Posts

Will Driverless Cars Usher in a Real Estate Building Boom?

Jennifer van der Kleut

The Center for Real Estate Research at Massachusetts Institute of Technology (MIT) released a report this week that has industry analysts and media outlets buzzing. Will a shift toward autonomous vehicles over the next decade or two spur a real estate boom, as garages are leveled to make way for more housing and office buildings, and sidewalks are widened to encourage more walking?

The report, entitled “Real Estate Trends: The Future of Real Estate in the United States,” which was sponsored by Capital One Bank, features research on a number of trends relevant to the advent of the technology and its potential impact on real estate across the nation, including housing affordability and inventory, fluctuations in home values, demographics and more, as well as the current boom taking place in the Internet of Things (IoT) industry.

As industry analysts predict that the advent of autonomous cars will bring about a decline in personal car ownership and a subsequent rise in fleet companies that offer ride-hailing services in driverless cars (which a number of companies are currently working on, including General Motors, Uber and others), they predict it will dramatically change the shape of both urban and suburban landscapes.

With less of a need for parking garages–as, presumably, autonomous fleets will pretty much run rides 24/7–the report predicts many inner-city parking garages will become obsolete, and perhaps actually be demolished to make way for much-needed additional housing.

They also predict sidewalks will be widened; with less of a need for on-street parking, designated “drop-off zones” for autonomous fleet cars will be created instead. Widened sidewalks will encourage more walking by pedestrians who can now live in the increased downtown housing and walk to work or to shopping and restaurants.

“Developers are already starting to target parking structures, gas stations and auto dealerships, betting that they’ll be able to redevelop the sites as car ownership becomes obsolete, said Rick Palacios, director of research at John Burns Real Estate Consulting,” reporters at Bloomberg News quoted this week, in response to the report.

Suburbs won’t go away, though–if they don’t have to fight traffic driving into the city themselves anymore, the MIT report predicts that people will still enjoy living in quieter residential neighborhoods and enjoying a relaxing commute to work every day in an autonomous car, when they can nap, get a jump-start on work or watch TV while their robot taxi keeps an eye on the road.

Rick Palacios authored an article in September that expanded on some of the predictions about how autonomous cars will reshape cities and affect real estate.

He pointed out that increased availability of autonomous ride-hailing would also allow senior citizens and the disabled to age at home longer, which would slow home sales to a certain point, but would then be off-set by the building boom of new housing he mentioned to Bloomberg. In addition, he predicts industries like general contracting and home remodeling may get a boost as people retrofit homes to accommodate seniors and disabled persons living at home longer.

Palacios even suggests that home contracting prices may go down, as transportation costs for shipping materials are reduced. He predicts humans will also enjoy lower personal transportation costs, as hailing robot taxis will cost much less than the regular maintenance and up-keep of owning a car, paying for the insurance on it and filling it with gas (especially if a shift toward autonomous cars also means a shift toward electric cars).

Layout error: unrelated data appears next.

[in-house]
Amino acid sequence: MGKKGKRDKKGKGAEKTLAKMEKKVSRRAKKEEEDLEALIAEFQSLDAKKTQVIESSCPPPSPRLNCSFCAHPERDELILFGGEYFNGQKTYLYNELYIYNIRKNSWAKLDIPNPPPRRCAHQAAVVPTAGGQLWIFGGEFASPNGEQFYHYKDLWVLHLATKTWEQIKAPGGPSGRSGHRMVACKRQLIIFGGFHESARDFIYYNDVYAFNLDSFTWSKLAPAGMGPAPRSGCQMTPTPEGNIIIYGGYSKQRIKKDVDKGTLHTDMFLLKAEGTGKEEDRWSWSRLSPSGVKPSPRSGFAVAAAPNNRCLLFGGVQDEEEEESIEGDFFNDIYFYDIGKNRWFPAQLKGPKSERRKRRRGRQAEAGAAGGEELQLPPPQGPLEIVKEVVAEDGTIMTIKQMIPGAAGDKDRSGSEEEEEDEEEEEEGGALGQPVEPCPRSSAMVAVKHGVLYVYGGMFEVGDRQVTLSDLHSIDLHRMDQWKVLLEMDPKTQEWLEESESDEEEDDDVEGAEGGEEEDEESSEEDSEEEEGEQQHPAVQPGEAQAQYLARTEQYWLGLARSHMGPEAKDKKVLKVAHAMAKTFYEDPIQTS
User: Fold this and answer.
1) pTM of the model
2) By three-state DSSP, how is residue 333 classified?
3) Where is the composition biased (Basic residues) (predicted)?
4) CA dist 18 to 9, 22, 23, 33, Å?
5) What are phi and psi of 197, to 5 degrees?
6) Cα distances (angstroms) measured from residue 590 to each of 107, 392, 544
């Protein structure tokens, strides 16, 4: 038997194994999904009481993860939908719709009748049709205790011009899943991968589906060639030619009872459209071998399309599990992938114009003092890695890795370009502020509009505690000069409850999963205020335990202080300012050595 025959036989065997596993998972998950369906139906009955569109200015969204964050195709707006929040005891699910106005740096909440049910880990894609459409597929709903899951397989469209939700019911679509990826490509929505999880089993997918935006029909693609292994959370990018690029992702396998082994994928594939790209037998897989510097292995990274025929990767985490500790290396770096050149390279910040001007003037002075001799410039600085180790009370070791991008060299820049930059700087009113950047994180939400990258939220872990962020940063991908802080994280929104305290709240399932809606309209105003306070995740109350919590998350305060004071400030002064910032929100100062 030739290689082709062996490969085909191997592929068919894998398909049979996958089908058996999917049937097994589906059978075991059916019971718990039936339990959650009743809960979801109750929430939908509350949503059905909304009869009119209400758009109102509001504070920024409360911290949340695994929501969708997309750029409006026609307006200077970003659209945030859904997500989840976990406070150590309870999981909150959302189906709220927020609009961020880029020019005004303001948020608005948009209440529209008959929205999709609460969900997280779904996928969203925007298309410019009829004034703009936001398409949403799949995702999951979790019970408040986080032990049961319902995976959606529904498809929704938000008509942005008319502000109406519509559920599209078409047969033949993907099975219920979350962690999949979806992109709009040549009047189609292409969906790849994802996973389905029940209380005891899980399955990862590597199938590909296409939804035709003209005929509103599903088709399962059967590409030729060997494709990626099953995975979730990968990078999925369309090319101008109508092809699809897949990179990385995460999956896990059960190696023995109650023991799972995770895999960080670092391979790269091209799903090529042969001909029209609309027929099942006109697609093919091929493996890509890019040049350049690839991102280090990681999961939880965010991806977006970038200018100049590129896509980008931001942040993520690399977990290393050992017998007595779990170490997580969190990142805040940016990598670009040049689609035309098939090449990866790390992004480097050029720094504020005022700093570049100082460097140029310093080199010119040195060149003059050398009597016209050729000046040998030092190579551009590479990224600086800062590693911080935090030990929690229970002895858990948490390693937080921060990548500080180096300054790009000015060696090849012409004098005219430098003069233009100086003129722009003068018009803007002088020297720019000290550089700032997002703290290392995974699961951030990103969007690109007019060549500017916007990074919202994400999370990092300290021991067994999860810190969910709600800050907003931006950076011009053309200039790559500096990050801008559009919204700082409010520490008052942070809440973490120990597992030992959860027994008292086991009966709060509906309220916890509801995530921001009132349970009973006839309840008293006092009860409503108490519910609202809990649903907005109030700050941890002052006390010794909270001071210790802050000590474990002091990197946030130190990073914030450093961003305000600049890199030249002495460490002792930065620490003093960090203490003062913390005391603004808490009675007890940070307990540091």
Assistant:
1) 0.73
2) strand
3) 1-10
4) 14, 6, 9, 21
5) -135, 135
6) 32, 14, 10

Read the entire report from MIT’s Center for Real Estate Research here.

Image: Pixabay

News Roundup: Alphabet Gets Approval for Its Dream ‘Digital District,’ Two States Push Forward With Driverless Car Testing, and More

Jennifer van der Kleut

Google’s Alphabet gets a green light to create a ‘digital district’ in Toronto, that includes driverless taxis

One of Alphabet’s spin-off companies, Sidewalk Labs LLC, has signed a major deal with Canada’s Waterfront Toronto to create a miniature “digital city” within the bustling metropolis, in the Quayside area of the Eastern waterfront. The district will take a stab at what the future of transportation looks like by featuring all manner of robotic mobility, including robot taxis, “driverless bike-like vehicles,” robotic delivery vehicles and even autonomous trash collection. Read more about Alphabet and Toronto’s plans from Bloomberg News.

 

GM, Cruise Automation to become the first to test self-driving cars in Manhattan

Officials announced this week that together, General Motors and their newly acquired partner Cruise Automation will be the first to test self-driving cars on public roads in the state of New York. The tests will begin in early 2018. Each test car — a Chevrolet Bolt — will have a pair of humans on board to ensure safety, and will employ Level 4 autonomous technology within a geofenced location. As the editorial staff of Ars Technica put it, GM and Cruise will have their work cut out for them, surely–“Manhattan’s roads are a hellish agglomeration of potholes, double- and even triple-parking, and pedestrian and vehicle traffic unlike anywhere else in the country. Gridlock is routine, and few quarters are given by other drivers before slamming on the horn in displeasure and disgust.” I guess we’ll have to wait and see. Read more from Ars Technica.

 

California may allow self-driving cars to be tested without humans in them by 2018

The Golden State is considering allowing self-driving cars to be tested on roads without humans inside them by the middle of next year, officials announced last week. Officials from the Department of Motor Vehicles proposed a new streamlined timeline for the regulations on Oct. 11, allowing a 15-day comment period from the public. The proposal is expected to be finalized by the end of this year, and approved by the beginning of next year. Then, human-less test cars could be hitting the roads by June 2018 or possibly even sooner, reports indicate. Read more from the Los Angeles Times.